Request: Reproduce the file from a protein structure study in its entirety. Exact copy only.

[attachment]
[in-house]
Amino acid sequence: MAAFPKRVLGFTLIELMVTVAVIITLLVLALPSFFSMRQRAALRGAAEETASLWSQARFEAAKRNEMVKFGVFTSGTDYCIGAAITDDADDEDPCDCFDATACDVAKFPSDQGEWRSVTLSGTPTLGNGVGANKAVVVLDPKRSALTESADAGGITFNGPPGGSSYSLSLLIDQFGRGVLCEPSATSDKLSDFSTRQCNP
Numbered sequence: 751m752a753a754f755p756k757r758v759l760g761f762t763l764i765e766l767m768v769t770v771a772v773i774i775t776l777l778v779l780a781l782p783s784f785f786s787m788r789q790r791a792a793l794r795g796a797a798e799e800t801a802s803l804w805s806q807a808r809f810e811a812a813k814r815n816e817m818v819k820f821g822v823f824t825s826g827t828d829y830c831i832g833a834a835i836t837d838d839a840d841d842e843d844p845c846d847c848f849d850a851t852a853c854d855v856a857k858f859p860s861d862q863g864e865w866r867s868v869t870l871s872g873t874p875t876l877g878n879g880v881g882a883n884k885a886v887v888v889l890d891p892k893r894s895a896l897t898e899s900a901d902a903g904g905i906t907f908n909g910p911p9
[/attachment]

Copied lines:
[in-house]
Amino acid sequence: MAAFPKRVLGFTLIELMVTVAVIITLLVLALPSFFSMRQRAALRGAAEETASLWSQARFEAAKRNEMVKFGVFTSGTDYCIGAAITDDADDEDPCDCFDATACDVAKFPSDQGEWRSVTLSGTPTLGNGVGANKAVVVLDPKRSALTESADAGGITFNGPPGGSSYSLSLLIDQFGRGVLCEPSATSDKLSDFSTRQCNP
Numbered sequence: 751m752a753a754f755p756k757r758v759l760g761f762t763l764i765e766l767m768v769t770v771a772v773i774i775t776l777l778v779l780a781l782p783s784f785f786s787m788r789q790r791a792a793l794r795g796a797a798e799e800t801a802s803l804w805s806q807a808r809f810e811a812a813k814r815n816e817m818v819k820f821g822v823f824t825s826g827t828d829y830c831i832g833a834a835i836t837d838d839a840d841d842e843d844p845c846d847c848f849d850a851t852a853c854d855v856a857k858f859p860s861d862q863g864e865w866r867s868v869t870l871s872g873t874p875t876l877g878n879g880v881g882a883n884k885a886v887v888v889l890d891p892k893r894s895a896l897t898e899s900a901d902a903g904g905i906t907f908n909g910p911p9